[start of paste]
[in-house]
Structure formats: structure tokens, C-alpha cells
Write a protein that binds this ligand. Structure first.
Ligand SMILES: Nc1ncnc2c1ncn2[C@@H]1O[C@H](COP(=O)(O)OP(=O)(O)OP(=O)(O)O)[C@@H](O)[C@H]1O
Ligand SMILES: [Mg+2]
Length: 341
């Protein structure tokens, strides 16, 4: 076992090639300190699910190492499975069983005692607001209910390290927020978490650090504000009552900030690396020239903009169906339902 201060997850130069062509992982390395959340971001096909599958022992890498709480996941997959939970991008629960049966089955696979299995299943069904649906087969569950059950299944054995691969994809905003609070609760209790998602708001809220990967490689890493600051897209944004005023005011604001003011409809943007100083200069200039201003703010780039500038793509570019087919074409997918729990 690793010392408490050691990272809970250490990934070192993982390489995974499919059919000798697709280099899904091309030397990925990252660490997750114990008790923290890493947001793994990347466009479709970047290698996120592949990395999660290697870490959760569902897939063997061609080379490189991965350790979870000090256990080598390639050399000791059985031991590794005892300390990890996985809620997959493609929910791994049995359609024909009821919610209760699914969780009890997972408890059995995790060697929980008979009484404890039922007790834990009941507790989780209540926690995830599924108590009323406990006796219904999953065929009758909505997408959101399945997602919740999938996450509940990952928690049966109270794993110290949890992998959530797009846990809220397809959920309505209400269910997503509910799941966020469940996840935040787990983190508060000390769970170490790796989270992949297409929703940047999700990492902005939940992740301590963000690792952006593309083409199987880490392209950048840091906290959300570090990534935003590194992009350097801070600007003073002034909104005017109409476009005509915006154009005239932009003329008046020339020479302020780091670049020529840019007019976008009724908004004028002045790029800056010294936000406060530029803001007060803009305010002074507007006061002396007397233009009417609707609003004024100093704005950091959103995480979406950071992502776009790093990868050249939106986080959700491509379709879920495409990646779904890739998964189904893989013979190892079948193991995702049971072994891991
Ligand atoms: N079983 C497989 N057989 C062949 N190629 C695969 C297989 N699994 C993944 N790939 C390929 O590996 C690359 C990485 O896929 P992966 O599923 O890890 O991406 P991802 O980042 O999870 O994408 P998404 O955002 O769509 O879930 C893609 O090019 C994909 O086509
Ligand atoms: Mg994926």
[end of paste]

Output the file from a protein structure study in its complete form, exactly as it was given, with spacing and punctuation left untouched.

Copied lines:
[in-house]
Structure formats: structure tokens, C-alpha cells
Write a protein that binds this ligand. Structure first.
Ligand SMILES: Nc1ncnc2c1ncn2[C@@H]1O[C@H](COP(=O)(O)OP(=O)(O)OP(=O)(O)O)[C@@H](O)[C@H]1O
Ligand SMILES: [Mg+2]
Length: 341
């Protein structure tokens, strides 16, 4: 076992090639300190699910190492499975069983005692607001209910390290927020978490650090504000009552900030690396020239903009169906339902 201060997850130069062509992982390395959340971001096909599958022992890498709480996941997959939970991008629960049966089955696979299995299943069904649906087969569950059950299944054995691969994809905003609070609760209790998602708001809220990967490689890493600051897209944004005023005011604001003011409809943007100083200069200039201003703010780039500038793509570019087919074409997918729990 690793010392408490050691990272809970250490990934070192993982390489995974499919059919000798697709280099899904091309030397990925990252660490997750114990008790923290890493947001793994990347466009479709970047290698996120592949990395999660290697870490959760569902897939063997061609080379490189991965350790979870000090256990080598390639050399000791059985031991590794005892300390990890996985809620997959493609929910791994049995359609024909009821919610209760699914969780009890997972408890059995995790060697929980008979009484404890039922007790834990009941507790989780209540926690995830599924108590009323406990006796219904999953065929009758909505997408959101399945997602919740999938996450509940990952928690049966109270794993110290949890992998959530797009846990809220397809959920309505209400269910997503509910799941966020469940996840935040787990983190508060000390769970170490790796989270992949297409929703940047999700990492902005939940992740301590963000690792952006593309083409199987880490392209950048840091906290959300570090990534935003590194992009350097801070600007003073002034909104005017109409476009005509915006154009005239932009003329008046020339020479302020780091670049020529840019007019976008009724908004004028002045790029800056010294936000406060530029803001007060803009305010002074507007006061002396007397233009009417609707609003004024100093704005950091959103995480979406950071992502776009790093990868050249939106986080959700491509379709879920495409990646779904890739998964189904893989013979190892079948193991995702049971072994891991
Ligand atoms: N079983 C497989 N057989 C062949 N190629 C695969 C297989 N699994 C993944 N790939 C390929 O590996 C690359 C990485 O896929 P992966 O599923 O890890 O991406 P991802 O980042 O999870 O994408 P998404 O955002 O769509 O879930 C893609 O090019 C994909 O086509
Ligand atoms: Mg994926």